A Lea Valley community group based in Waltham Forest is trying to raise money to turn an ex-industrial depot on Lea Bridge Road into a conservation area with natural swimming ponds and a free Forest School.
East London Waterworks Park is a community led organisation which is over two-thirds of the way to reaching its Crowdfunder target of £500,000 with less than two weeks left.
Abigail Woodman, a spokesperson for the ELWP, said that he worries about the future of our environment: “I would like this project to help us transition to a life where we can help with that climate anxiety.”
The campaign has in principle support from the London Wildlife Trust who believe it fits with the objective of improving the environmental quality and biodiversity of the Lea Valley.
Matthew Frith, Director of Research and Policy at LWT, said: “It chimes with the enhancement works over the past 10 years at Walthamstow Marshes, Walthamstow Wetlands, the Queen Elizabeth Olympic Park and other long-term ambitions for improving the Valley’s ecological quality.
“We believed it was a positive use of the land, helping strengthen the connection of areas of ecological quality north and south, and from an amenity perspective might take some of the pressure off Walthamstow Wetlands.
“In particular, the proposals for wild swimming ponds as swimming is prohibited for safety reasons at the Wetlands.”
The waterpark will feature four free-to-use rain-fed swimming ponds cleaned and filtered by aquatic plants.
In a drought, the ponds would act as reservoirs to feed each other and would only close in severe water shortage.
Abigail said: “We need to internalise and connect with nature by not adding to existing water stress.”
The group is yet to decide how the ponds will be monitored but is considering not fencing them off or having lifeguards, instead basing safety on what would be a “reasonable risk for a reasonable person.”
Part of the swimming safety would include an education programme aimed at young men aged 14-21 who are most at risk of drowning.
As a grassroots organisation “by the community, for the community”, an important element of the project is social inclusion and they are working in partnership with the youth charity Voyage.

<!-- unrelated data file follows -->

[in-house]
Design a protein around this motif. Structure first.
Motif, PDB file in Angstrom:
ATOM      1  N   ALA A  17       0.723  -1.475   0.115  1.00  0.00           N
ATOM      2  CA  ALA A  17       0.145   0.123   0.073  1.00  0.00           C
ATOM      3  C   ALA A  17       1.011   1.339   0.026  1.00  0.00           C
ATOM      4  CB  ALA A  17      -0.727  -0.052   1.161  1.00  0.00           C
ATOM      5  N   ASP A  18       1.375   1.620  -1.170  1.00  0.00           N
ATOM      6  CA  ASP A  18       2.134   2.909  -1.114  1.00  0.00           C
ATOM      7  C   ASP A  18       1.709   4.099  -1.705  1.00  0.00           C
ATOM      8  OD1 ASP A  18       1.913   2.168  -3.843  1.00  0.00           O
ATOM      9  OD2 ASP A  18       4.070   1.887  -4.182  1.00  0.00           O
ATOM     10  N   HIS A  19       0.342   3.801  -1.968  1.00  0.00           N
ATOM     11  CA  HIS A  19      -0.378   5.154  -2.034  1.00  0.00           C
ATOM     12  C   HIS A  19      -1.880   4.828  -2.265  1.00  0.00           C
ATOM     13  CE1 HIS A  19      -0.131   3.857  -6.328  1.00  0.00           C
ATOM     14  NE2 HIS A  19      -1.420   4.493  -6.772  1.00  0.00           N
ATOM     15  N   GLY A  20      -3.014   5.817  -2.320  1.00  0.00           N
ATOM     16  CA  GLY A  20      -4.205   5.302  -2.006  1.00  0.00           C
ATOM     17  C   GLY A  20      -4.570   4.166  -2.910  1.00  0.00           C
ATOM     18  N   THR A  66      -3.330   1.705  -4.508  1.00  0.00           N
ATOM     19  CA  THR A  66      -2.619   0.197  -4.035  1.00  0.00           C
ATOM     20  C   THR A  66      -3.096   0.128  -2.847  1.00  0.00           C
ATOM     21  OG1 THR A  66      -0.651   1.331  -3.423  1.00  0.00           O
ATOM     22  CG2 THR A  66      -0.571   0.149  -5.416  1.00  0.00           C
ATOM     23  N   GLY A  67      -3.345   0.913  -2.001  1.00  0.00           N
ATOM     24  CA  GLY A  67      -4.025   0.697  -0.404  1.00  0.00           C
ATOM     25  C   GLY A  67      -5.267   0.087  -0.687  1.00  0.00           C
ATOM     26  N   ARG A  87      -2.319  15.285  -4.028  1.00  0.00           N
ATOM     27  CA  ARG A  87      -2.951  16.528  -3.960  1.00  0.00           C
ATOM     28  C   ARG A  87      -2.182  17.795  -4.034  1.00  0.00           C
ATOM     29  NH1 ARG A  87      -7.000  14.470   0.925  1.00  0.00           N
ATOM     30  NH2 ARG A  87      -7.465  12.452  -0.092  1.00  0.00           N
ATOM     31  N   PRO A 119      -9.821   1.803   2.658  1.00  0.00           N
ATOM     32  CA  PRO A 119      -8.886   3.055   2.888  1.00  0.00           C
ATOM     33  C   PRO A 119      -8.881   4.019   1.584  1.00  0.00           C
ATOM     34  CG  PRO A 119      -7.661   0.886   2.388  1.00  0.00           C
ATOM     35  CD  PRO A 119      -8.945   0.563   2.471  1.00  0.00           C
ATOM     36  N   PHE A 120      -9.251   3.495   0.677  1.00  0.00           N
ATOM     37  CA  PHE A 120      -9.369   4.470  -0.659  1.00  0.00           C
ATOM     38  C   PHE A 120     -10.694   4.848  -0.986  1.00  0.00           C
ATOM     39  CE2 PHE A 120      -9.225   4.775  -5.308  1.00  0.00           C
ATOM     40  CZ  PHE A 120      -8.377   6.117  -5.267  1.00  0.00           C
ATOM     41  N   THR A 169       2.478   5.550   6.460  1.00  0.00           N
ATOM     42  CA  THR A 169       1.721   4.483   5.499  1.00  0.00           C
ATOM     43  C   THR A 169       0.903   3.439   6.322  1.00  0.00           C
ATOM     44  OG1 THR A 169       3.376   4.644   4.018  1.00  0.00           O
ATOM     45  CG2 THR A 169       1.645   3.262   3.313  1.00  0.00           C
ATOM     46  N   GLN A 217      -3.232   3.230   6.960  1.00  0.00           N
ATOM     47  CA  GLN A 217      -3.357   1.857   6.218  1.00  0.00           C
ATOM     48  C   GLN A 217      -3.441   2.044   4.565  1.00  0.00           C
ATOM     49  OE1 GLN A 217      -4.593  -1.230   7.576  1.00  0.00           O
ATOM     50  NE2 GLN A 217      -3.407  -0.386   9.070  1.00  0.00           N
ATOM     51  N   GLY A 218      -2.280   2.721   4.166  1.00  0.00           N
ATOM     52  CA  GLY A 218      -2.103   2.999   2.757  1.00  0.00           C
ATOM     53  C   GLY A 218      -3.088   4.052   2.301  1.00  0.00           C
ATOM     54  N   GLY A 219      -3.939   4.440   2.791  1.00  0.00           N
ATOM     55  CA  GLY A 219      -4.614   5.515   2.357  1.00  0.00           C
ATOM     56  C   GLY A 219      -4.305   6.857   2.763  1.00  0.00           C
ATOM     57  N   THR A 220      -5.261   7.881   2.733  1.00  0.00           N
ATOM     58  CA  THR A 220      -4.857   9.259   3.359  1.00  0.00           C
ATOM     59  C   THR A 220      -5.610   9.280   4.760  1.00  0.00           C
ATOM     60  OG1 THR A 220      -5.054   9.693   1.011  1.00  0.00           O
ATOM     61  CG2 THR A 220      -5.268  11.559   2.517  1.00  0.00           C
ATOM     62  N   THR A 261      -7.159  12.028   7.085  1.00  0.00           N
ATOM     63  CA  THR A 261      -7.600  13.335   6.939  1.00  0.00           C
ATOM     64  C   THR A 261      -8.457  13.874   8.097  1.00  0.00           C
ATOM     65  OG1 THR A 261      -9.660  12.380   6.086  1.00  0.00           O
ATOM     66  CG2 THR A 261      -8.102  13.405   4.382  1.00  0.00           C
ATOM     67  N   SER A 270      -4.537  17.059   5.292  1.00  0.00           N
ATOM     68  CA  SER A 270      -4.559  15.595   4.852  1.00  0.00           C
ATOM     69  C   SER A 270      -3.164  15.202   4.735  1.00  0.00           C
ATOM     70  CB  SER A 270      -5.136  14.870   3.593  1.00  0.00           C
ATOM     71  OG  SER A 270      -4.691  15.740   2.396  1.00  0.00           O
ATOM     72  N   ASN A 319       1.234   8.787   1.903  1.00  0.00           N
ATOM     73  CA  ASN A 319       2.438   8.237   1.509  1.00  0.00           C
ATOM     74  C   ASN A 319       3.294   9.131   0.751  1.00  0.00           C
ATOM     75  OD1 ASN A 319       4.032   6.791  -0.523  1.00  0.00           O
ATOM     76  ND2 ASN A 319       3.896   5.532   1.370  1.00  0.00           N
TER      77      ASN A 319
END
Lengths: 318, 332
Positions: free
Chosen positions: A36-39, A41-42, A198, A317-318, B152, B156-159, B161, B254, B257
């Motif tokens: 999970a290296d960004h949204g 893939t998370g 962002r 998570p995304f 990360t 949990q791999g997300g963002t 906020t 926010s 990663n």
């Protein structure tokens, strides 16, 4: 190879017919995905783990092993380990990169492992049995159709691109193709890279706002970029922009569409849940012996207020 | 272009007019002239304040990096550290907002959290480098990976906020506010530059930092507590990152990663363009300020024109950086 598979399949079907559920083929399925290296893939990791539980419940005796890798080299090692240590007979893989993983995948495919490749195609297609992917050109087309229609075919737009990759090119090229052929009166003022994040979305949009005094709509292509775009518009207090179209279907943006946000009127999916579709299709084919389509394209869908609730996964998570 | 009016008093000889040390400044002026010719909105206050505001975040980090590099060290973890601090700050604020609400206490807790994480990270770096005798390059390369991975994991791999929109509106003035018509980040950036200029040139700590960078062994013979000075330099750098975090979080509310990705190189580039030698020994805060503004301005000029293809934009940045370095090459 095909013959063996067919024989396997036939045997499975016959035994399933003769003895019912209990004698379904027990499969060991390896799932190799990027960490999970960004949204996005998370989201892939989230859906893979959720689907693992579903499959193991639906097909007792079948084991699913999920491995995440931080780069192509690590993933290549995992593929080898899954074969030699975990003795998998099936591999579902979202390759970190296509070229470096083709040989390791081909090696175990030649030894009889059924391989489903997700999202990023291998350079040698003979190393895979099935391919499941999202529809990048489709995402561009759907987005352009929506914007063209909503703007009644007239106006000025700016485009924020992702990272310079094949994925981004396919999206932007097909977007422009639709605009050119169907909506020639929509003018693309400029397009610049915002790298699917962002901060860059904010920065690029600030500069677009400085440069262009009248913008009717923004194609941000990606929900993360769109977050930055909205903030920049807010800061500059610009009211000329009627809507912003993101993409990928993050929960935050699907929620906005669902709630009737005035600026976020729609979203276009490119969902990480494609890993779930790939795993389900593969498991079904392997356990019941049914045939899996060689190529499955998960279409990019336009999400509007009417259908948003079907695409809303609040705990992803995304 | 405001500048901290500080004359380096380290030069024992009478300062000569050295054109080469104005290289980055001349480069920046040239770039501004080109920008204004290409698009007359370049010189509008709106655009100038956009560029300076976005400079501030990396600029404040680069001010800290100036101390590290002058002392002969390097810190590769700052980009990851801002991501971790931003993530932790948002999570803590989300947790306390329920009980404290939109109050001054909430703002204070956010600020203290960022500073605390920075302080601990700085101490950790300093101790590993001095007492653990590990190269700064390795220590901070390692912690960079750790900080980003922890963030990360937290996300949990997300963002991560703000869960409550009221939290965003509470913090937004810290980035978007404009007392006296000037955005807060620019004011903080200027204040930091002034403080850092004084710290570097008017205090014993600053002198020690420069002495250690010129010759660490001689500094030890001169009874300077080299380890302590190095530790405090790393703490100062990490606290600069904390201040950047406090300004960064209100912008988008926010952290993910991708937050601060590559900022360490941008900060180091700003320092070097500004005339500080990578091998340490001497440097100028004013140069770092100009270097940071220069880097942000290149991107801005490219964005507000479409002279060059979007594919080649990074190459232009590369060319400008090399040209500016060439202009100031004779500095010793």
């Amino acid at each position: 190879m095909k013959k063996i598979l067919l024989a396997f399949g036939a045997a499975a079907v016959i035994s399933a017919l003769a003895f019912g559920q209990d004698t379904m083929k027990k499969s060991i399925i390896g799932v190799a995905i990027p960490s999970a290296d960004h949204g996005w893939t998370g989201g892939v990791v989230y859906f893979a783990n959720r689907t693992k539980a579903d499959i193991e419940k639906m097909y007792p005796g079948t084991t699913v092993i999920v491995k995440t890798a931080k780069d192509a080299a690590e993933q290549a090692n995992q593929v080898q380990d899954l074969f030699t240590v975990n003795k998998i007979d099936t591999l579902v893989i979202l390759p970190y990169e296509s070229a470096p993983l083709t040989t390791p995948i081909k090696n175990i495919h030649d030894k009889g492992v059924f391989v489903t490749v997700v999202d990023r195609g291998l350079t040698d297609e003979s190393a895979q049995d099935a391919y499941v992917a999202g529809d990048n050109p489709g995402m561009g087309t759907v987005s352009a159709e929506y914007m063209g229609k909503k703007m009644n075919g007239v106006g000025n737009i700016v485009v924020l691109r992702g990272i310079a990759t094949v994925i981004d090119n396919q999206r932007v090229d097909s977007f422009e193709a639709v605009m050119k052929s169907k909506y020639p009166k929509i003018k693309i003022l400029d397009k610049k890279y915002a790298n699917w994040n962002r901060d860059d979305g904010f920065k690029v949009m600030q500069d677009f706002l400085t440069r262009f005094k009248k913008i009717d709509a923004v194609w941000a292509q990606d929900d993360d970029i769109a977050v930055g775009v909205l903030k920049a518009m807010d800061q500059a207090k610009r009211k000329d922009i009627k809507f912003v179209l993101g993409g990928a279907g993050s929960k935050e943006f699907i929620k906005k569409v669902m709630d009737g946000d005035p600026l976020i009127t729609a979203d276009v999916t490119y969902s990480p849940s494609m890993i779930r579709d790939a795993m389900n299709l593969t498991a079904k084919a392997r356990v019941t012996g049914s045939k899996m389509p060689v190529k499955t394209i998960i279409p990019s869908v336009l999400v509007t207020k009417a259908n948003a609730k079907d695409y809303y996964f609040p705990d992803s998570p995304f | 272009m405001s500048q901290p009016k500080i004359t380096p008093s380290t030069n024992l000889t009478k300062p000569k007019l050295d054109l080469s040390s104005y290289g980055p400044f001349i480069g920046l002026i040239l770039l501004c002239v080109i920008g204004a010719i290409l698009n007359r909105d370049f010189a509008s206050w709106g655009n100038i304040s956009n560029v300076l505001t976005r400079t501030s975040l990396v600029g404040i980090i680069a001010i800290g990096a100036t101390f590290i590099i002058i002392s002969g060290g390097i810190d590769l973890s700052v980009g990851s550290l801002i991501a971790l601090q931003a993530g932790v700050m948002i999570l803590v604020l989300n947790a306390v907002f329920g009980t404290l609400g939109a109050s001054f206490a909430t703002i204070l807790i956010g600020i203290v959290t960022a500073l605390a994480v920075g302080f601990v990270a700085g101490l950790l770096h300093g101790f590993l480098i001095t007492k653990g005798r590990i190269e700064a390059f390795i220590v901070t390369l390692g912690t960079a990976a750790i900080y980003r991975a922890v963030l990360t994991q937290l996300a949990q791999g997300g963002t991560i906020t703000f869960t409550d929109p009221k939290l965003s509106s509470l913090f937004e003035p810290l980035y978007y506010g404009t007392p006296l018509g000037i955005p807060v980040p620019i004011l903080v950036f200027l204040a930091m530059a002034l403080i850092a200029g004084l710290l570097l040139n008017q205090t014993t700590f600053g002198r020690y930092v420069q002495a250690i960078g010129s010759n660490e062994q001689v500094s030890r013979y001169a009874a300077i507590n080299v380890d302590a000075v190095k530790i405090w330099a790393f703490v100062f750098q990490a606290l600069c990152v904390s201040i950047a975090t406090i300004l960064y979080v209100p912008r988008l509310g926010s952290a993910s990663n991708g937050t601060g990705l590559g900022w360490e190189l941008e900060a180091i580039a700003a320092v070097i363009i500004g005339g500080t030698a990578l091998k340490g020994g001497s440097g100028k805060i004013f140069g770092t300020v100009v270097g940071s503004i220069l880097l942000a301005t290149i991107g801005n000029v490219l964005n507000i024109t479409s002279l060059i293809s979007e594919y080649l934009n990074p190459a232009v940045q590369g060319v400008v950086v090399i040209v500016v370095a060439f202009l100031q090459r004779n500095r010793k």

The Lea Valley community group outreach includes plans for a free Forest School, which is a child-centred education space in a natural environment.
The focus on education extends to arts and science research institutes such as University College London, the Royal College of Art, and Westminster University.
Research could include topics such as how to break down brownfield contamination with fungi or create habitats for invertebrates using concrete.
The land was formerly Victorian filter beds and then a Thames Water depot.
It is currently owned by the Secretary of State for Levelling Up, Housing and Communities, and managed by LocatED, the Department for Education’s arms-length property company.
The challenges of converting the brownfield site have been addressed in a pre-feasibility study by engineers who said it is no more polluted than any other site.
Brownfield sites are typically only used for intensive developments and two schools were proposed for this site but deemed unsuitable for the location as pipes from the old Thames Water depot criss-cross the ground.
Abigail said: “At East London Waterworks Park, we want to show that there is another narrative: that they can be thriving community hubs, designed by and for local people, teeming with wildlife, and supporting a sustainable future.”
The site sits between Hackney and Waltham Forest and needs support from both boroughs if it wants to succeed and already has in principle support from the Mayor of London.
Grace Williams, leader of Waltham Forest council, said: “The Council has been actively and positively engaging with the group to date through the Area Regeneration Delivery team, providing early feedback on their vision and seeking their views of the needs in the wider area.”
The ambitious scheme is seeking to raise £500,000 through its Crowdfund to demonstrate a serious proposition to grants and wealthy donors who would top it up to the goal of £3million.
The Lea Valley community group aim to offer £3million for site valued by surveyors at £20million.
In a similar move to Docklands’ Trinity Buoy Wharf, ELWP intends to make up for the remaining funds with its value of social worth.
Its social worth of £17million has been calculated by the ARENA project, working out of the Sustainability Research Institute at the University of East London.
ELWP plans to provide some of the maintenance funds by selling electricity from the connecting weir to the National Grid.
Once the site is acquired, structural work and planting by volunteers will take place until 2029 when they plan to open the whole space including the swimming ponds.
Featured image credit: ELWP